Q. (Macoun.) Madeline River, Gaspé, Q. (Porter.) Montreal Mountain. (C. F. McCrea.) Meadows near Templeton, Q.; Port Colborne, Ont. (McGill Coll. Herb.) Kemptville, Ont. (Porter.) In all woods at Ottawa. (Fletcher, Fl. Ott.) Common in woods at Prescott, Ont. (Billings.) Woods at Carleton Place, Carleton Co., and westward throughout Ontario to the west side of Lake Superior; Lake Nipigon. (Macoun ) In low thickets, London, Ont. (Burgess. Millman.) Along Lake Superior, Rainy Lake, and Lake of the Woods. (Richardson.) Punk Island, Lake Winnipeg. (J. M. Macoun.) Telegraph Trail, near Stewart's Lake, B.C. (Macoun.) Canada to Norway House, and Rocky Mountains. (Hooker, Fl.)
Rich and damp grassy woods in numerous places on the Pacific coast. Fraser River Valley, at Yale, and Boston Bar, B.C.; abundant in thickets at Oak Bay, Groldstream, Shawnagin Lake, Cowichan River, Nanaimo, Alberni, and many other localities, Vancouver Island. (Macoun.) Mount Finlayson, near Victoria, Vancouver Island. (Fletcher.) Shores of Burrard Inlet, at Vancouver city, B.C. (Prof. Fowler.)
Var. sparsiflora, Bailey, ined.
C. Bolanderi, var. sparsiflora, Olney, Proced. Am. Acad., 407, (1872.)
Plant laxer in habit than the type; leaves narrow, spikes much smaller; perigynium half as large, more or less excurved. The most reduced form of the species. (Bailey.) Swamps near the summit of Mount Mark, near Qualicum, Vancouver Island. This is quite a distinct form and closely related to the var. Bolanderi. Collected at 2,500 feet altitude, 1887. (Macoun)
(2559.) C. Norvegica, Schk. (1801); Dew. Sill. Journ. XXXII.,
Abundant in numerous salt marshes at Truro, N.S.; Salt Lake, and Ellis Bay, Anticosti, and from Cape Rosier to Matane, along the Gaspé coast of the St. Lawrence. (Macoun.) Salt marsh, Shodiac, N.B. (Brittain.) Whale Cove, Grand Manan, and Back Bay, Charlotte Co., N.B. (Hay.) Salt marshes, Lower St. Lawrence. (Pringle.) Sitka, and Kotzebue Sound. (Rothr. Alask.)
(2560.) C. brizoides, Linn., var. nemoralis, Wimmer, Fl. Siles. 401.
Arctic America, according to Bceckeler. (Bailey, Carex, Syn. 146.)
(2561.) C. echinata, Murray, Prodr. Goett. 76, (1770.)
Macoun, Cat. No. 2066. C. stelMata, var. sterilis, Torr. Bot. N. York, II., 380, (1843.) C. sterilis, W. Boott, Bot. Calif. II., 236, (1880.)
Culms stiff; spikes large, all contiguous or nearly so; perigynium large, much attenuated above. (Bailey.) Apparently commonest eastward. Only our own specimens and what, have been named C. sterilis, are referred to the species. All others go with the second variety. Topsail, Newfoundland. (R. Bell.) Petticodiac, N.B. (Brit-tain.) Swamps at Truro, and Yarmouth, N.S. (Macoun.) Glenelg, Guysboro, N.S. (Faribault.) St. Charles Islands, Mingan, and Tadou-sac, Q. (St: Cyr.) Rivière do Brig, Anticosti; Gaspé Basin, and L'anse à Valon, Gaspé, Q.; Livingston Point, Lake Nipigon, and Lake Maria, Nipigon River, Ont. (Macoun.) Swampy river flat, London, Ont. (Burgess, Millman.) Not uncommon in marshes at Morley and westward through the Rocky and Selkirk mountains, B.C.; borders of marshes at Goldstream, Alberni, and Mount Mark, near Qualicum, Vancouver Island. (Macoun.)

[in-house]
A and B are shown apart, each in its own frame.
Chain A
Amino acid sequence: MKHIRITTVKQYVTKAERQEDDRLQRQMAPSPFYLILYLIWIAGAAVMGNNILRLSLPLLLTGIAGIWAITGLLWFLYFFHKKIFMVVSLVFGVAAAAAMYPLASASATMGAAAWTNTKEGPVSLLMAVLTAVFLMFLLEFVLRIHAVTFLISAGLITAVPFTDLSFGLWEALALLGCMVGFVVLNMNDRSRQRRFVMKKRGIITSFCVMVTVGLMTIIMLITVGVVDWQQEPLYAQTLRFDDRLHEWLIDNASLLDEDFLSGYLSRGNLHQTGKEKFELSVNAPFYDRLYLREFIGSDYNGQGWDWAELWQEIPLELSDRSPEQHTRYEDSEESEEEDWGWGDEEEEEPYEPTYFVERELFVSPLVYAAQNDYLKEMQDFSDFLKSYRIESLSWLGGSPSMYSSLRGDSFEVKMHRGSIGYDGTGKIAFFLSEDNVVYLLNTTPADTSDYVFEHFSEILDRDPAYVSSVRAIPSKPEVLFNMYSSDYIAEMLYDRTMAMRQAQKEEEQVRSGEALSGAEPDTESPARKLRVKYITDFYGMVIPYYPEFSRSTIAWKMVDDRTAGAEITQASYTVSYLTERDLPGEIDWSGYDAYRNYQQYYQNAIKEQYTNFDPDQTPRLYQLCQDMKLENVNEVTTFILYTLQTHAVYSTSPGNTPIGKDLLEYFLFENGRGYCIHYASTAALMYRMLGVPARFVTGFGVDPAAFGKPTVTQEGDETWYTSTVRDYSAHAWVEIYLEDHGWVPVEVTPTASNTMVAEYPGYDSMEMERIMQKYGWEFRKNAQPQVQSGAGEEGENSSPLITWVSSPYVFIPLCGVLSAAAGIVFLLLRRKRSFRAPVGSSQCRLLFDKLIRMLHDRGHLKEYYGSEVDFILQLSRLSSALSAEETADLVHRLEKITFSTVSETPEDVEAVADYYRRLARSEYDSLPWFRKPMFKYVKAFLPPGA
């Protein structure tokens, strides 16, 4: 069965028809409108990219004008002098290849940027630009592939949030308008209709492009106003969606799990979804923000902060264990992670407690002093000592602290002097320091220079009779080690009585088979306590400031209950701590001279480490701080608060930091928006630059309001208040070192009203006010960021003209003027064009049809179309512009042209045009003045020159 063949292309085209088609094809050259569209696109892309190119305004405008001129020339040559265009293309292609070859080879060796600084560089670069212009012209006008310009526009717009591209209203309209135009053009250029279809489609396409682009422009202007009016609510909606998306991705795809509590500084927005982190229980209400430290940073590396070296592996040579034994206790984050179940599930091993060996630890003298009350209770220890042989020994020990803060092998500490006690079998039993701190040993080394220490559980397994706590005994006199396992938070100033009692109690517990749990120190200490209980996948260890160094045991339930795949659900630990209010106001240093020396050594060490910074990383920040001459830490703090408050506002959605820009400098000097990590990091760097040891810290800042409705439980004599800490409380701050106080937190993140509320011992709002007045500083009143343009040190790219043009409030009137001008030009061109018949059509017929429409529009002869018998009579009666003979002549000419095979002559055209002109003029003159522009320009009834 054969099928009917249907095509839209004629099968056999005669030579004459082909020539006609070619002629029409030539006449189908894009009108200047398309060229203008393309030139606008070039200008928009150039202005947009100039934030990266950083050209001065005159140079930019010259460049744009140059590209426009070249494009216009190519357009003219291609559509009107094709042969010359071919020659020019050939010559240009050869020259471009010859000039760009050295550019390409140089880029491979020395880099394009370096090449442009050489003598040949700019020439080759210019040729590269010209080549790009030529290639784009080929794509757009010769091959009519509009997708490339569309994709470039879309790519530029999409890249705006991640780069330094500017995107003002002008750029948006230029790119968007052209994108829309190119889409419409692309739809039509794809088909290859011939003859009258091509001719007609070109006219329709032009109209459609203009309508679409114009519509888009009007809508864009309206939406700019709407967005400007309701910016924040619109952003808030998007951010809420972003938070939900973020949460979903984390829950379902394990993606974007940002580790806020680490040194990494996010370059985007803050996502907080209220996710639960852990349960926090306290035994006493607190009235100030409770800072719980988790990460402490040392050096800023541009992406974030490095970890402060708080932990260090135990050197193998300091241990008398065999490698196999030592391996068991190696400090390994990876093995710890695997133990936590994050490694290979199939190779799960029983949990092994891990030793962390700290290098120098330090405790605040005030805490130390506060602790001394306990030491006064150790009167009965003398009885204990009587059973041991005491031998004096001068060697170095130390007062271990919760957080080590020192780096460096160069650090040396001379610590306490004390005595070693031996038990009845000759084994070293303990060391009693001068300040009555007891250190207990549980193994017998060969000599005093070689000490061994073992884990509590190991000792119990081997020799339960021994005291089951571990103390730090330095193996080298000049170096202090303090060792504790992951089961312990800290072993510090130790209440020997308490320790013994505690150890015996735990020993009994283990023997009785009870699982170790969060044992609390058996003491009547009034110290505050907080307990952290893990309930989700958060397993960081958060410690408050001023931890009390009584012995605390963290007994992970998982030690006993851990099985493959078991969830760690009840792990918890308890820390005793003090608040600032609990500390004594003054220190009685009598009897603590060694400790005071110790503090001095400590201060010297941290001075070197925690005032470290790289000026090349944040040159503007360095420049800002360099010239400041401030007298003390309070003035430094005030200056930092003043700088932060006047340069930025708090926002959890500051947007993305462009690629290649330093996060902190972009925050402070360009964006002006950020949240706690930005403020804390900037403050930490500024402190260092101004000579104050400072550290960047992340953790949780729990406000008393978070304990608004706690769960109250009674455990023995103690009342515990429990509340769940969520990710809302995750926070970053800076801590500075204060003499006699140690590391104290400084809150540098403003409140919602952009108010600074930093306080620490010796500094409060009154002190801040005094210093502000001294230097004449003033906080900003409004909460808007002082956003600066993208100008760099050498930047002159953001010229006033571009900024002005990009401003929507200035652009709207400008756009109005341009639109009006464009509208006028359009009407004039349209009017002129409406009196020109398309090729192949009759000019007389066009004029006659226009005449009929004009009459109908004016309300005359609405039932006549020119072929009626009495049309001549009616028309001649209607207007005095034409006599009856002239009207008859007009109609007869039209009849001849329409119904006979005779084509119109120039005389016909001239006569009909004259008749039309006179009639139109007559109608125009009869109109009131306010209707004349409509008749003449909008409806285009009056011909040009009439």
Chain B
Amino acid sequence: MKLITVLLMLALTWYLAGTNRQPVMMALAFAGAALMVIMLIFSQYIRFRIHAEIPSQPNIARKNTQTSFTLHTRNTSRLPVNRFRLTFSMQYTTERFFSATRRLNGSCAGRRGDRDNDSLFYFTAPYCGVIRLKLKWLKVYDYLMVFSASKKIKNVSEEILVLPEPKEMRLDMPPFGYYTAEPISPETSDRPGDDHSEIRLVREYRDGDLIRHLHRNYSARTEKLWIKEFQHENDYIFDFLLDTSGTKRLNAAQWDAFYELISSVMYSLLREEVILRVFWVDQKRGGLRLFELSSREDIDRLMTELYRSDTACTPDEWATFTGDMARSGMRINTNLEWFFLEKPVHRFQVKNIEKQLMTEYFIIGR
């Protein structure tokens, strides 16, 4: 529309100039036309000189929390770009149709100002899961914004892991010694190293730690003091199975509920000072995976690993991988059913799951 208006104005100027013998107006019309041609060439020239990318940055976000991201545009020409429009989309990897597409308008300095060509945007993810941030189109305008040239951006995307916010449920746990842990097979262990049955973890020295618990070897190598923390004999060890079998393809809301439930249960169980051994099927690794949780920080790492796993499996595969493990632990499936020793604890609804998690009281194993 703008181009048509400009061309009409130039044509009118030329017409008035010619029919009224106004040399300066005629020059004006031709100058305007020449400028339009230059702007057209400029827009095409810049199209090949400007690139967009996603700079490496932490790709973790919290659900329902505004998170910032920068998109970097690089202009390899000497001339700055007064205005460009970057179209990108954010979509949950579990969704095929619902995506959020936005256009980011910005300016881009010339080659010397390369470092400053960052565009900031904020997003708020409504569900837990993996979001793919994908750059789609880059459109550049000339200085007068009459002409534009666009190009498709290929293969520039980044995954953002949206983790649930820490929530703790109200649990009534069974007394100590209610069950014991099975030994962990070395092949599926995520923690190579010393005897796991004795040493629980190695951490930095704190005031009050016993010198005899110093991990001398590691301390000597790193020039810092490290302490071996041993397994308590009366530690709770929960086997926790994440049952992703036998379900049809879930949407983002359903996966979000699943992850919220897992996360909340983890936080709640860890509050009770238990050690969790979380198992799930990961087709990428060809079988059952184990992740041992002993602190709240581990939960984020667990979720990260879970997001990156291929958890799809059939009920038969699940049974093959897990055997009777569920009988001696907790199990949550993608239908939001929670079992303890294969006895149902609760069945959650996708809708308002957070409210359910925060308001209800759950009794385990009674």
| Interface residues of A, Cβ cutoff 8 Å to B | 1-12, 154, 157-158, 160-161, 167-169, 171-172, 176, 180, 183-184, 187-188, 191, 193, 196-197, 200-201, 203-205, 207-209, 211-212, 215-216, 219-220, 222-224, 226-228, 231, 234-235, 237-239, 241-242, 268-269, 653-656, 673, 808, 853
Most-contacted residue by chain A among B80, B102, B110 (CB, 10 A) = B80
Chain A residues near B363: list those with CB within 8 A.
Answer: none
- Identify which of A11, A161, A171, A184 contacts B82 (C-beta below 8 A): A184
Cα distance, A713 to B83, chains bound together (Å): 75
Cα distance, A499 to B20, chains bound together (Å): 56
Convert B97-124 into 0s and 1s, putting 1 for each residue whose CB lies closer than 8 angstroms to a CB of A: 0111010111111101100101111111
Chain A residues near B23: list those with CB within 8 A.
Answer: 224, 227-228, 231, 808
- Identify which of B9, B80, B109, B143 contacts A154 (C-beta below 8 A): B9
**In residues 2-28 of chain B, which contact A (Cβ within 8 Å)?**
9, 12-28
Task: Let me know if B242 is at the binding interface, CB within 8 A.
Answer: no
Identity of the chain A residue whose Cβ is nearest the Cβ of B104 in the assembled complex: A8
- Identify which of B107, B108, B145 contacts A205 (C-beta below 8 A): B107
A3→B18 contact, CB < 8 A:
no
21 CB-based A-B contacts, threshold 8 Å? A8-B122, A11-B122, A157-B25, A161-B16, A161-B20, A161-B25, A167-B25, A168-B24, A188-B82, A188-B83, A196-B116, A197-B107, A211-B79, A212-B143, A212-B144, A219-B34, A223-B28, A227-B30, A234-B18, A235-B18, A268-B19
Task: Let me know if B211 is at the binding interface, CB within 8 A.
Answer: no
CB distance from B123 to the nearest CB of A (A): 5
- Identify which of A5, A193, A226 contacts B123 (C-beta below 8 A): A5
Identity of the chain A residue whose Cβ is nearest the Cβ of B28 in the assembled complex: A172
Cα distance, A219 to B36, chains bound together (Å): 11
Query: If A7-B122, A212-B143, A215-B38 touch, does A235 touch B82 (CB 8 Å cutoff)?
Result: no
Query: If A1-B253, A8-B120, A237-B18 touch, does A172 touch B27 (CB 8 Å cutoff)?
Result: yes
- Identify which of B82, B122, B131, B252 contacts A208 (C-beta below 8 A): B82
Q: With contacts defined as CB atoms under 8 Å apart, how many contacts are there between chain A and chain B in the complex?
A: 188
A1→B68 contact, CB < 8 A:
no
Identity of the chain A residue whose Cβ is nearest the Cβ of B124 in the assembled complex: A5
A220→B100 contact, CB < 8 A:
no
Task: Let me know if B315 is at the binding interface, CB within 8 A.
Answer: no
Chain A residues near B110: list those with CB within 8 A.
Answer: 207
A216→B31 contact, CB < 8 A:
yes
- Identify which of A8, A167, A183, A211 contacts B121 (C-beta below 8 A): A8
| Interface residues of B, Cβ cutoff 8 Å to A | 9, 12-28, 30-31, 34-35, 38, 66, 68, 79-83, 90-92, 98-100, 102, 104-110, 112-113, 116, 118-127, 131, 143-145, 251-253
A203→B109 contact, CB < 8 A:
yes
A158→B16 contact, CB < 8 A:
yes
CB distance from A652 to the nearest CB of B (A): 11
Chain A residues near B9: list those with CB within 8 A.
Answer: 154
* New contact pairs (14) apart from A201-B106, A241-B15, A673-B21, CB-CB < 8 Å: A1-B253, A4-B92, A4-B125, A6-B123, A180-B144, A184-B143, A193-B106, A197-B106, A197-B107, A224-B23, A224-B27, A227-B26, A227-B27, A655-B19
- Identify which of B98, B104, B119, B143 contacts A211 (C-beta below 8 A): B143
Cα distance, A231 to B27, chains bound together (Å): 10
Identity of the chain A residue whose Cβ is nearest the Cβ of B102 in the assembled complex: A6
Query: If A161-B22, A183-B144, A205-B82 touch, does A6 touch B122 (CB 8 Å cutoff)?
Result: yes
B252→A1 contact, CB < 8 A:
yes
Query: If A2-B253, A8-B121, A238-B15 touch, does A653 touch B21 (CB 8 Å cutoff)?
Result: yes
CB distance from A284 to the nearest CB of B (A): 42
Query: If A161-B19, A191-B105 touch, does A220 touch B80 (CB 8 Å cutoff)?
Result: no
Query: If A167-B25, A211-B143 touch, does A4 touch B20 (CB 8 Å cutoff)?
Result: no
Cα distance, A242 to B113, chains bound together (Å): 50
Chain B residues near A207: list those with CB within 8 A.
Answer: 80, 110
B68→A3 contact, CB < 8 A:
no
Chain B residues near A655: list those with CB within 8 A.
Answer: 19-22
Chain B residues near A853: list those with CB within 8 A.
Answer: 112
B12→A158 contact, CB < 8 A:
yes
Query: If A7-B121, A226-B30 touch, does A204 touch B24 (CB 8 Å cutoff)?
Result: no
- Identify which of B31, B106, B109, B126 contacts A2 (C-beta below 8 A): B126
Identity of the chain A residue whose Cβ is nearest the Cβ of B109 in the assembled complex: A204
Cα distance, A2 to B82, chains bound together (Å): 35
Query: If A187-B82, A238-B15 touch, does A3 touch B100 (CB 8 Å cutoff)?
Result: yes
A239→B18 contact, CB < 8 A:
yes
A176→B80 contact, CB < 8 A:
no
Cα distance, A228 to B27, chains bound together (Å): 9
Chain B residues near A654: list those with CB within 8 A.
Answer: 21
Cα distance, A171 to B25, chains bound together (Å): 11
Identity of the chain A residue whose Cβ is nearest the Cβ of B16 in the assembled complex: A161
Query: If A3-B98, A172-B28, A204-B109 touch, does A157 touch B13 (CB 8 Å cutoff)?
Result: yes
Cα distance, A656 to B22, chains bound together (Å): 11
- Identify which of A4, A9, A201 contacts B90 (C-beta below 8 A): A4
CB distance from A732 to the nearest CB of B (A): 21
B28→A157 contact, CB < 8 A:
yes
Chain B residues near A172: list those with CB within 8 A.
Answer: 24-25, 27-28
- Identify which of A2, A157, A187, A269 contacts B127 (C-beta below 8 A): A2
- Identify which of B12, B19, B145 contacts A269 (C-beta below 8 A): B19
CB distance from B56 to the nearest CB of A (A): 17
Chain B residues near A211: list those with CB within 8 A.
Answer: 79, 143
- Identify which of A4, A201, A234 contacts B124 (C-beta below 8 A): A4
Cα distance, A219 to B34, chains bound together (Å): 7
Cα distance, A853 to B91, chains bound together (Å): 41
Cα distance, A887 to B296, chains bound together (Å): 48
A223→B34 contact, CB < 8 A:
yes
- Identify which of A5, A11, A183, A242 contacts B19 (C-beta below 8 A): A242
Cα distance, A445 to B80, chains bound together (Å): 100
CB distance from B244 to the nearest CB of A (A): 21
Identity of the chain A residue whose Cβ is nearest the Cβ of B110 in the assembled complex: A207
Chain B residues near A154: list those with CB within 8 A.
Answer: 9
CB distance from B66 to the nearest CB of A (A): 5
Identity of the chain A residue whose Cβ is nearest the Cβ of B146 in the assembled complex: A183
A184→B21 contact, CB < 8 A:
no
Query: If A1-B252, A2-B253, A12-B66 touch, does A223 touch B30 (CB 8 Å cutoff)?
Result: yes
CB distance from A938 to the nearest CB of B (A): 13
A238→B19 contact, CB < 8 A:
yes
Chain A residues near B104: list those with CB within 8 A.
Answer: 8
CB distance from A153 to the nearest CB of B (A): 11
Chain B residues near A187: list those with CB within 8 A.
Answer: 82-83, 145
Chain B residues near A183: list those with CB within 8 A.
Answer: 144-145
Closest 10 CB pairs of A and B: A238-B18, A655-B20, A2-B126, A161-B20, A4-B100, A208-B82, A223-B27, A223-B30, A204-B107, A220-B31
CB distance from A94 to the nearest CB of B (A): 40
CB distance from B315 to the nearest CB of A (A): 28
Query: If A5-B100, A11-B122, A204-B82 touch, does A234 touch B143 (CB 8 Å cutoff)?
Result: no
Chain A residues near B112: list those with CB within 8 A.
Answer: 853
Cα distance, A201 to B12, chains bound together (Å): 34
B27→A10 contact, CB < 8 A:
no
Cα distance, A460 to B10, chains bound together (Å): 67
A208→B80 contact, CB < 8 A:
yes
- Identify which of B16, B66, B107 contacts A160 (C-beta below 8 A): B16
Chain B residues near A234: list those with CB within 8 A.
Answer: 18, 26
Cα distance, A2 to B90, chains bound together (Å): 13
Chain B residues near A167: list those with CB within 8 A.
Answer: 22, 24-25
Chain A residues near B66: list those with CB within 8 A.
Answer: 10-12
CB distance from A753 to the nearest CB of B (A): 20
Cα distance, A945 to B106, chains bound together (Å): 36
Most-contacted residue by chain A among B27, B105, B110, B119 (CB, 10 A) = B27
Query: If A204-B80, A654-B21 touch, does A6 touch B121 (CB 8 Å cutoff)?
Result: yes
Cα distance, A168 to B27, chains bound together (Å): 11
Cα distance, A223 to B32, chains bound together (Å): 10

Var. conferta, Bailey, Carex, Cat. (1884.)
C. stelMata, var. conferta, Chapm. Flora, 534, (1860.)
Bogs at the head of the North West Arm, near Halifax, N.S. (Macoun & Burgess.) Along the coast from Newfoundland southward to Florida. (La Pylaie.) Differs from the species in the oblong densely flowered, and more spreading spikes, and recurved perigynium. (Bailey.)
Var. microstachys, Boeckeler, Linnsea. XXXIX., 125, (1875 )
C. scirpoides, Schkuhr, Riedgr. Nachtr. 19, (1805); Pursh, Fl. I., 37.
C. sterilis, Willd.; Pursh, Fl. I., 34, (1814.)
C. sterilis, vars.ß & γ., Torr. Cyp., 392, (1836.)
C. stellulata, vars. scirpoides & angustata, Gray, Man. Ed. V., 579, (1868);
Macoun, Cat. No. 2066 vars. C. echinata var. angustata, Bailey, Carex, Cat. (1884.)
More slender; spikes small and more scattered; perigynium smaller and less conspicuously beaked. (Bailey.\) Very abundant in swamps and marshes throughout the eastern provinces. Halifax, N.S. (Som-mers, Cat.) Petitcodiac; common in Kent Co., at Bass River; also Carleton Co., N.B. (Fowler, Cat.) Common in swamp3 at Truro, N.S.; and along the Ste. Anne des Monts River, Gaspé, Q. (Macoun.) Mingan, and Pentecost rivers, Q. (St. Cyr.) Bogs and marshes, common near Ottawa. (Fletcher, Fl. Ott.) Very common around Prescott, Ont. (Billings.) Extremely common throughout central Ontario and westward in the forest region to the Rocky Mountains. (Macoun.) Port Colborne, Ont. (McGill Coll. Herb.) Kemptville, Ont. (Porter.) Vicinity of Hamilton, Ont. (Logie.) Boggy places at London, Ont. (Burgess. Millman.) North shore of Lake Superior. (Agassiz.) Lake Mistassini, N.E.T.; also Souris Elver, and at Medicine Hat, Alberta. (J. M. Macoun.) From Brandon, Man., westward to the Rocky Mountains, and through them to British Columbia, and to Vancouver Island, where it is common. (Macoun.) Common in British America, to the Rocky Mountains. (Hooker, Fl.) Sitka, and Ounalashka. (Rothr. Alask.)
(2562.) C. heleonastes, Ehrh.; Linn., fil. Suppl., 414; Hook.,
Fl. II., 214.
C. Carltonia, Dew. Sill. Journ. XXVII., 238, (1835.)
C. manna, Dew. Sill. Journ. XXIX., 247, (1836); Hook., Fl. II., 214.
A rare and alpine or arctic species, seldom detected but easily known by its remarkably rigid appearance. In a boggy meadow on the border of a small lake, three miles south of Kicking Horse Lake, Rocky Mountains. (Macoun.) Hudson Bay to Cumberland House, on the Saskatchewan; Norway House, at foot of Lake Winnipeg. (Hooker, Fl.)